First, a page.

2. The ability to move states and maintain a trust that is easily recognized as valid in other states;
  3. The ability to deal with co-trustees and beneficiaries in multiple states;
  4. The ability for your minor children to use the NFA firearms with adult supervision and parental consent;
  5. The ability to transfer assets to children, even below the age of 18, when they reach an appropriate age, while giving the someone the ability to make distribution decisions based on mental state,  physical location, legality of the transfer, and age;
  6. The ability to make unequal distributions so that firearms do not have to be liquidated to give equal distributions;
  7. The ability of the Trustee to refuse assets transferred by will or other means when  the NFA and state requirements are not complied with; Continue reading

What’s the Story Behind ATF “Banning” 5.56mm Ammo? (. . . and what can you do about it?)

By Glenn D. Bellamy, Armorer-at-Law®
March 5, 2015

There’s been no shortage of misinformation and hyperbole about an ATF memo released on February 13th reported to “ban AR15 ammo.”  The memo describes a “framework” by which ATF proposes it would consider requests for “sporting purpose” exemptions under the federal statute banning the manufacture, importation or sale (but not possession) of “armor piercing” projectiles.  I’ve searched and research the law and the facts behind it with passion over the last two weeks. I’m tempted to write a legal brief in opposition, or at least to give it a thorough fisking.  But that would bore you and be wasted on the ATF at this point.

Instead, I’ll give you the skinny on what’s going on and the most effective thing(s) you can do about it.

The Skinny

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Today, the ATF stated that the time to process paper Form 1 and Form 4s – 6 months. Our feeling is that the backlog for paper forms is closer to 4 months when you consider that the eForms are only taking around 30 days and make up a substantial portion of the filings.

The ATF is continuing to hire more help, cross train more staff, and process more forms than they receive. In the last 11 months the ATF has reduced the backlog from 81,000 in Feb 2014 to 38,000 as of Jan 15, 2015.

There is still no update on eFiling of ATF Form 4, but hope to have it addressed by late 2015.
For those with Gun Trusts, there is a new update to the eForms 101 as of Jan 15, 2015.

The link to the update can be found here.
eFormsNews 1-15-15.pdf

In Florida, it is illegal for an individual to be on probation to own, possess, or use a firearm without permission of a Judge and his or her probation officer. While initially, this may sound reasonable because in our minds we tend to associate probation with criminals and felons, many of us do not realize that this also applies to those on probation for misdemeanor and driving offenses. Still don’t see a problem? What about a DUI or reckless driving charge? Did you know that you or your spouse could go to jail for owning, using, possessing, or having access to a firearm while on probation for a driving charge?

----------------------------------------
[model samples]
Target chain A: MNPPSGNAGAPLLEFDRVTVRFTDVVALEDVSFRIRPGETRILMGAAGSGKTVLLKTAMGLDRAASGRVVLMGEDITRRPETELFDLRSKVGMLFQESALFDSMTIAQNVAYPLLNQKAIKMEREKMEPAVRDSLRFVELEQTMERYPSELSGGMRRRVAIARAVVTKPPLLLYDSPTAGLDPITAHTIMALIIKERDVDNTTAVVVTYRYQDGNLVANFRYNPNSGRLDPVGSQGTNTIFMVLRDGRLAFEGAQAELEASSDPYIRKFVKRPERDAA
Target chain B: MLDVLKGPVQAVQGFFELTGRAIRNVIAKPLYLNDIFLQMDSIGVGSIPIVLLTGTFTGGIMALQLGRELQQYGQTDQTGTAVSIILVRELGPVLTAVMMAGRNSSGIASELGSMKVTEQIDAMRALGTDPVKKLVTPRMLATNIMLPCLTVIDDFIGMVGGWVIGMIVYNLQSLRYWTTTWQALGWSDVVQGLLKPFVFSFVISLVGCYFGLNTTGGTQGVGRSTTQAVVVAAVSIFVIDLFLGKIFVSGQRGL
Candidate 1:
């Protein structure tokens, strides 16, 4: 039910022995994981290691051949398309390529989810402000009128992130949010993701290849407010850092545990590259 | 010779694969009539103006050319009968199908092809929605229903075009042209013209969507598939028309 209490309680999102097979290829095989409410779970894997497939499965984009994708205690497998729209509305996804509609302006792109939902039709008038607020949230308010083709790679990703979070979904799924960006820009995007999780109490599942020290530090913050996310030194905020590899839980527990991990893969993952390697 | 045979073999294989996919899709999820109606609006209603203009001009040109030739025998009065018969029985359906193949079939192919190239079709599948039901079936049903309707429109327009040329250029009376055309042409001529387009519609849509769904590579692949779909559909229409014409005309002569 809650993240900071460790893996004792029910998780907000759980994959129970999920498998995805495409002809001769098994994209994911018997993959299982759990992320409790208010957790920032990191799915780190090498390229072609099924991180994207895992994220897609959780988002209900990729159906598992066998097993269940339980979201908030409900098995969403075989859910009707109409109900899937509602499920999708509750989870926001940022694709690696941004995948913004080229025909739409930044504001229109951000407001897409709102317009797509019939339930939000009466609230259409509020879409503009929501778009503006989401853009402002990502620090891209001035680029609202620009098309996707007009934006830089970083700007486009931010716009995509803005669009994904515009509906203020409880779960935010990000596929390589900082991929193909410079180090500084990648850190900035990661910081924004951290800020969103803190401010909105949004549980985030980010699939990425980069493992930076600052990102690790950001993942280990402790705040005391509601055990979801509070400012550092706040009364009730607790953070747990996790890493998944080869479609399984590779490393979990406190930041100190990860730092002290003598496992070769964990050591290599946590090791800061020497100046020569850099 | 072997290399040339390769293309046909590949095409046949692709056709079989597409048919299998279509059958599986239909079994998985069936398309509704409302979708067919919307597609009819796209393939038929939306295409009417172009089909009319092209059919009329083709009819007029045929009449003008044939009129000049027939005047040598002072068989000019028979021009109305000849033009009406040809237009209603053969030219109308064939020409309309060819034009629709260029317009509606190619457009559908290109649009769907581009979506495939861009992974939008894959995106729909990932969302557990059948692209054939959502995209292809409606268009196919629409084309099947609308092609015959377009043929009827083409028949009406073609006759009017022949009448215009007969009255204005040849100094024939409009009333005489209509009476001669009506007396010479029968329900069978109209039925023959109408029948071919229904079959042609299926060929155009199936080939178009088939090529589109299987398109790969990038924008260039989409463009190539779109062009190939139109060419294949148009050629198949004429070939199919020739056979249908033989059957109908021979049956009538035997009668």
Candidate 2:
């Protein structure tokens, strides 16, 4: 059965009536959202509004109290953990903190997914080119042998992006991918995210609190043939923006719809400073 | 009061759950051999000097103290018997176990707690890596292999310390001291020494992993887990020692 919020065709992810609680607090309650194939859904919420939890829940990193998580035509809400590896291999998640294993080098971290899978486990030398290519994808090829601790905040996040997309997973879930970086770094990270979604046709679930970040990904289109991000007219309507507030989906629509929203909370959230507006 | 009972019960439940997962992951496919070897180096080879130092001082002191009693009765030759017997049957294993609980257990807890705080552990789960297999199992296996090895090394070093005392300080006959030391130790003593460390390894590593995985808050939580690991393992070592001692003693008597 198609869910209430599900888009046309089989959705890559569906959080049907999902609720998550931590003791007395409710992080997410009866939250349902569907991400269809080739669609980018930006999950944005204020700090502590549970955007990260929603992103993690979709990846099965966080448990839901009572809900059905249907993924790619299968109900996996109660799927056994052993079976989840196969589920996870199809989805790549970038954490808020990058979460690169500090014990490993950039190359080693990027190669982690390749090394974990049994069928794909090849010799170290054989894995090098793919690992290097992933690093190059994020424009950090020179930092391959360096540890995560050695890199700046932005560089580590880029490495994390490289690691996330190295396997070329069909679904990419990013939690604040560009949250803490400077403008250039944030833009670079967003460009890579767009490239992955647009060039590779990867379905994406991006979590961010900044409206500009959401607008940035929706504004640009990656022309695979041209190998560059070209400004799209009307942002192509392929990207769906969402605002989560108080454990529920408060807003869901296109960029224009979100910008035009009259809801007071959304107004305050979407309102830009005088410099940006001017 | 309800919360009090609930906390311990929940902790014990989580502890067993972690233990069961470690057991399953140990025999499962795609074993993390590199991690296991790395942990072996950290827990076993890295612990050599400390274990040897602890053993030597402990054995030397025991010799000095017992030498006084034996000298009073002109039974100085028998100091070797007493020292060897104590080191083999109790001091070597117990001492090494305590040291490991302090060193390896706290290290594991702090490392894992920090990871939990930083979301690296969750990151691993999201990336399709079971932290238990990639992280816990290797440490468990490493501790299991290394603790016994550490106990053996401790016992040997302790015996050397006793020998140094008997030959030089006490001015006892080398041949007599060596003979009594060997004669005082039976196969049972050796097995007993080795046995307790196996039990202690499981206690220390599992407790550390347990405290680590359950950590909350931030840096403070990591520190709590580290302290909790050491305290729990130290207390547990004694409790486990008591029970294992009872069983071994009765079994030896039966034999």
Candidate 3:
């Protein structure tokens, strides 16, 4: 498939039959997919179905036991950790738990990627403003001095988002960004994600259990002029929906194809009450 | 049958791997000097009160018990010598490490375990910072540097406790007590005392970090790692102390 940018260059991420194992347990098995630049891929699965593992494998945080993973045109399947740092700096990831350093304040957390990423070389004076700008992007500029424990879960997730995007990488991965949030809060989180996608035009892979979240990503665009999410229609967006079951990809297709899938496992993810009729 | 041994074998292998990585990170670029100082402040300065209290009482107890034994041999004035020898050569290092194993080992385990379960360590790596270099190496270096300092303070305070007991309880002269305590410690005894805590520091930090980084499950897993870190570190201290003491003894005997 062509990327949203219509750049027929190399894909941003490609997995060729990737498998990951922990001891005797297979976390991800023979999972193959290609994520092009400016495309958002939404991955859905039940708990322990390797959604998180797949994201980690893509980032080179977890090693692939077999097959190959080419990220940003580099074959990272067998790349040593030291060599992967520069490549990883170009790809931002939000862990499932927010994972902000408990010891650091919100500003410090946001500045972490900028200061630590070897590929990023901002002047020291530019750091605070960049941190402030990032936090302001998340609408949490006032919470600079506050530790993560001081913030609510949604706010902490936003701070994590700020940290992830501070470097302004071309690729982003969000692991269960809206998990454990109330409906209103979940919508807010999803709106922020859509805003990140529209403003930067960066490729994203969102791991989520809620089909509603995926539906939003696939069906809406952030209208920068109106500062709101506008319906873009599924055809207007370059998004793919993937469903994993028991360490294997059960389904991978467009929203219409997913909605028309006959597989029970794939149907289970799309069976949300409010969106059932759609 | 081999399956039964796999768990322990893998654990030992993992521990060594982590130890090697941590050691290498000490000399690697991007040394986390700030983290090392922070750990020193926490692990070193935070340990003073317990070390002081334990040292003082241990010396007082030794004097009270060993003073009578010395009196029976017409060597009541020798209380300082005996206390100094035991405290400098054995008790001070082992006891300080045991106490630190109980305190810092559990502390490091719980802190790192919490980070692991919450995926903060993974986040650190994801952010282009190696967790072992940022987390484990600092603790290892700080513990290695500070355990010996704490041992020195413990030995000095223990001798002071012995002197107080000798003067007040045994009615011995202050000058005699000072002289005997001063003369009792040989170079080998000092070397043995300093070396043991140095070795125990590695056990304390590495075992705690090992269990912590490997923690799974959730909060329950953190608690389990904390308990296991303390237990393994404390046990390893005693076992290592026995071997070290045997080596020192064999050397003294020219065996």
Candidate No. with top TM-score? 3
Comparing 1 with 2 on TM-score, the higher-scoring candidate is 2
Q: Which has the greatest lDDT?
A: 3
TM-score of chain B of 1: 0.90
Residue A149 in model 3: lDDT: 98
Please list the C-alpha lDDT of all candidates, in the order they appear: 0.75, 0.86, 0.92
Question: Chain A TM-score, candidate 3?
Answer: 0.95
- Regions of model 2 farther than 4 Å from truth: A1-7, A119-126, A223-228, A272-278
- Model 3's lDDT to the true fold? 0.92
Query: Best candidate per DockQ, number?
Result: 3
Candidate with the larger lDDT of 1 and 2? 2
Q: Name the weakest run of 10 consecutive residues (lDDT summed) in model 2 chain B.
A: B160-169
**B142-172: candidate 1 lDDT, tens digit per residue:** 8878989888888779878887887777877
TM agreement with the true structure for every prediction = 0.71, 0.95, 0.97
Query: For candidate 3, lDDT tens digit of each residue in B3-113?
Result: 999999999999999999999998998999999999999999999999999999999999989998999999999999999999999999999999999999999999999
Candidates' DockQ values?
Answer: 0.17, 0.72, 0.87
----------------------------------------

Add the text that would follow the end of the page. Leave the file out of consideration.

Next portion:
Most Jacksonville Criminal Defense Lawyers may not know to ask their clients about firearms in these circumstances and may be advising their clients incorrectly when charged with a DUI or reckless driving charge. A Gun Trust can be designed to manage your firearms without risk of loss and criminal prosecution while an individual or family member is on probation.

If you live in another state, you may check to see if the terms of probation include restrictions on ownership, transfer, possession, and use of firearms or weapons.

The best time to do this transfer is before your probation states. In most cases, it is not illegal to be in possession or transfer the firearms correctly while charged, but you should contact a Gun Trust Lawyer®, create a gun trust, and transfer your firearms into the Gun trust prior to probation.

While some may consider just lending their guns to others during probation, this will not solve your problem as you still own them and could be considered to have constructive possession over the firearms.

If you own Title II firearms, this may not be possible if you purchased them as an individual as a personal transfer can take 6 months or more to complete.

Here is the latest letter from the ATF that we received at 4:36 PM EST today regarding the SB-15 and Stabilizing braces. It seems to deal with “intent” but also introduces a new concept of “redesign” in an attempt to bolster the concept that use of a firearm can change the classification of it.

Our recommendation remains the same, for a $200 tax stamp why take the legal and financial risk.

The Firearms and Ammunition Technology Division (FATD), Bureau of Alcohol, Tobacco, Firearms and Explosives (ATF) has received inquiries from the public concerning the proper use of devices recently marketed as “stabilizing braces.” These devices are described as “a shooter’s aid that is designed to improve the single-handed shooting performance of buffer tube equipped pistols.” The device claims to enhance accuracy and reduce felt recoil when using an AR-style pistol.